• BCG immunization as a measure of the system of delivery of vaccines at birth;
  • Three doses of DTP vaccine (DTP3) as a measure of consistency of immunization coverage and as an ‘indicator’ of coverage of other 2/3/4 month vaccines;
  • Measles immunization as a measure of consistency of delivery and capacity of the system to ensure follow-up of children above 6 months of age; and
  • Full immunization at 1 year (defined as receiving BCG, three doses of OPV, three doses of DTP and one dose of measles vaccine by 1 year of age) as a measure of the proportion of the population of children who have an adequate level of acquired immunity and the capacity of the system to ensure adequate follow-up to achieve this.

Predictor variables

Variables that might affect immunization coverage, therefore of interest in this study, were selected from a review of the relevant literature. These variables are listed in Figure 2.

Figure 2
Predictor variables selected for regression analysis.

Statistical analysis

Immunization coverage, with 95% confidence intervals, was calculated for the total population over the whole time period 2000–9 and stratified by area of residence. Multiple logistic regression analysis was carried out on the set of individuals for which observations were available for all predictor variables. Results were adjusted for year of birth to account for any variations in coverage over time. Correlation between predictor variables was also tested for.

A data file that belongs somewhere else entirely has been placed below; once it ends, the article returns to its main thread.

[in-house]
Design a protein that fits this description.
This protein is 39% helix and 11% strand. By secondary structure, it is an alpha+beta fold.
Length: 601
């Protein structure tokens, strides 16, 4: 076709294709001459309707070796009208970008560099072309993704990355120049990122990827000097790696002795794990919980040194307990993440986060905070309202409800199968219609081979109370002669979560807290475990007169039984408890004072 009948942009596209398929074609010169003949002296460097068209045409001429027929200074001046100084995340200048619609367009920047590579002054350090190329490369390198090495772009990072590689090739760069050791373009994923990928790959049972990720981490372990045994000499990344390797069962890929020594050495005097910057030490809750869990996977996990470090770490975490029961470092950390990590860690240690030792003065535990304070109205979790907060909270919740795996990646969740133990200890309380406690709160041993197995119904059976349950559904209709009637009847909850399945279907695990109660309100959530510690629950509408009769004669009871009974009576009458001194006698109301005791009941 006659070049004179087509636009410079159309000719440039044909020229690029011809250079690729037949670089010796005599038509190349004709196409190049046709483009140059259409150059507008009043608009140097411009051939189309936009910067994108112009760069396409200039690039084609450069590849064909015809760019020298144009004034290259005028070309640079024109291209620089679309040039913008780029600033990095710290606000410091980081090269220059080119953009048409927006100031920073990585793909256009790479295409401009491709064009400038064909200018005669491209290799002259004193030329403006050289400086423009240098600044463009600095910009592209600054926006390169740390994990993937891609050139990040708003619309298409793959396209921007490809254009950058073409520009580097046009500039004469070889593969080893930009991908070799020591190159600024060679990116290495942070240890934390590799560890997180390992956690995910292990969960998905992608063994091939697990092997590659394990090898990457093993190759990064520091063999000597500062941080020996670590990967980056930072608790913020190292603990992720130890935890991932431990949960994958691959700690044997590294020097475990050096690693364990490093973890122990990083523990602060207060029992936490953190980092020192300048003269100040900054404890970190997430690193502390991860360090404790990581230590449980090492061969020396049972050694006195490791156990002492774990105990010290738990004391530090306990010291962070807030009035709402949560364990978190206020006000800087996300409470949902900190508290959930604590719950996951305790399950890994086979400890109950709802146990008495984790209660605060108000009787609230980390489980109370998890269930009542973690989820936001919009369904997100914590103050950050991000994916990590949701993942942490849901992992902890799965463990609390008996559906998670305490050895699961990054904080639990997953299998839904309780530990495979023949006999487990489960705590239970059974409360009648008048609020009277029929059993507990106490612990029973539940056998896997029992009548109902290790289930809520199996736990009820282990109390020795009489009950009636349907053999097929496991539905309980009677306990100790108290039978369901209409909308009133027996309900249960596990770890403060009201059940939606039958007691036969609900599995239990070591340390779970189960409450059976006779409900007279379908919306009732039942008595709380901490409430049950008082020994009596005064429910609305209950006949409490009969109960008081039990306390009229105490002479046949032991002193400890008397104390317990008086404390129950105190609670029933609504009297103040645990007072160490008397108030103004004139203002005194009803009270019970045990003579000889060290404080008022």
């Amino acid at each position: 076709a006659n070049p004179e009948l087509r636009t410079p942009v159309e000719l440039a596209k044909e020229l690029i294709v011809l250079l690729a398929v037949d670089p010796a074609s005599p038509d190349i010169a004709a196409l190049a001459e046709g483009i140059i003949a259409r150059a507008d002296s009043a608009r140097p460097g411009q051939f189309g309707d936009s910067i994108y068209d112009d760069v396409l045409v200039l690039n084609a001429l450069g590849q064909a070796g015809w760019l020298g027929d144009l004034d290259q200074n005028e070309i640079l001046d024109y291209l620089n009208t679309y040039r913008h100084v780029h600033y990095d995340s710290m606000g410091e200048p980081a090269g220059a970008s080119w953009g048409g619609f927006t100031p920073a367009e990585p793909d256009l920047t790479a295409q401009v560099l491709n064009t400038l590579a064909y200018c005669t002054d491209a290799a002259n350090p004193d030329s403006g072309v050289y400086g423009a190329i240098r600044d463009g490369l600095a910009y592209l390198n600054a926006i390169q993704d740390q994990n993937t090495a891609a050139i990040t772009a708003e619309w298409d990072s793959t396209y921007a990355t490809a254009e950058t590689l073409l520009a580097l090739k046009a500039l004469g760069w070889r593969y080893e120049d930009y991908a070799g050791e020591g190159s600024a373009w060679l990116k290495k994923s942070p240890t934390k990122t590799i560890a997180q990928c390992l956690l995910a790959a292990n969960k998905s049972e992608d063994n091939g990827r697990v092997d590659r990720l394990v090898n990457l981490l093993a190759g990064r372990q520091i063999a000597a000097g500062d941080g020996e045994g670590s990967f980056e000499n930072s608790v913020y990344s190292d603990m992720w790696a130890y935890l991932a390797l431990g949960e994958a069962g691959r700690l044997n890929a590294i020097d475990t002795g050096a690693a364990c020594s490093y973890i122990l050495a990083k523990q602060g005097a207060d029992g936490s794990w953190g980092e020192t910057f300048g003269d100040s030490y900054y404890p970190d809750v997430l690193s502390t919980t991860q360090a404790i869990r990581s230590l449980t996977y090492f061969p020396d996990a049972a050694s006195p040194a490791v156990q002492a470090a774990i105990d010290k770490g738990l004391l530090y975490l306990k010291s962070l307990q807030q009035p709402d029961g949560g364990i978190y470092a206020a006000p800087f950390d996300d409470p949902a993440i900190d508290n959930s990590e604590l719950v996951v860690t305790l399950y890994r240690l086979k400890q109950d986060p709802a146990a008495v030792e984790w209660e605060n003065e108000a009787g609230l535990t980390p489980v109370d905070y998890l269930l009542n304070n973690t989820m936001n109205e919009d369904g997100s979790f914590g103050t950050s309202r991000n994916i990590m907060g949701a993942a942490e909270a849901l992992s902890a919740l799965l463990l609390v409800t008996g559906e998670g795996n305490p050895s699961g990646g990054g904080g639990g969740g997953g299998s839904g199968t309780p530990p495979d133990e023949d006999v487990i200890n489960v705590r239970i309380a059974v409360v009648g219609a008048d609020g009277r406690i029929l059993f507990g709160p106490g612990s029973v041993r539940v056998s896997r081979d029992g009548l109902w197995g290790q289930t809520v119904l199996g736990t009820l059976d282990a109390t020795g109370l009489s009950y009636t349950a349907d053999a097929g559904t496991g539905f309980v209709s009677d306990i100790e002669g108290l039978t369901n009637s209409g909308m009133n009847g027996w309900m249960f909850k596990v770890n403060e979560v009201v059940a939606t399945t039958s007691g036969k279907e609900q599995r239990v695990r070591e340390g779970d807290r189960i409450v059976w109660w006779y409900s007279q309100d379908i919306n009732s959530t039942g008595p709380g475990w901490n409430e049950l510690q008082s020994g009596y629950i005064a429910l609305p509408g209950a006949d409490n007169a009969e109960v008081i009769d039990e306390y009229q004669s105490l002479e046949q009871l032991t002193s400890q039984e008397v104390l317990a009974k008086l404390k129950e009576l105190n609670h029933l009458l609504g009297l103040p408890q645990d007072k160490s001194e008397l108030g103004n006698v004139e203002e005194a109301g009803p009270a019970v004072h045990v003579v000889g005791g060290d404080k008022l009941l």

Predictor variables for inclusion in the multiple regression models were first tested individually for significance of the relationship with each outcome variable using univariable logistic regression (i.e. unadjusted analyses). Those resulting in P-value <0.25 were included in an adjusted analysis, as recommended by Hosmer and Lemeshow (2000). The variables ‘mother’s age’ and ‘sex of the child’ did not meet this significance level and were not included in the final model. The Hosmer and Lemeshow goodness-of-fit test was used to check the fit of the final model. The software package STATA 10 (StataCorp 2007) was used for all statistical analysis.

Results

The total number of births in the FHDSS population between 1 January 2000 and 31 December 2009 was 20 514. As of 31 December 2010, 7363 (36%) of these had been surveyed regarding vaccination data. Amongst the surveyed group, a greater proportion were from rural villages (54%) compared with the general population (40%) (P < 0.001). There were also small but significant differences in the distribution of ethnic group, household head’s occupation, mother’s age and wealth quintile (Table 2). These factors have been adjusted for in the analyses.

Table 2
Comparison of characteristics of children for whom immunization data were available and the total population of births

The variables ‘area of residence’ and ‘wealth’ were moderately correlated (r = 0.519) but no other variables showed any appreciable correlation and the Hosmer and Lemeshow goodness-of-fit test indicated the model was a good fit.

Immunization coverage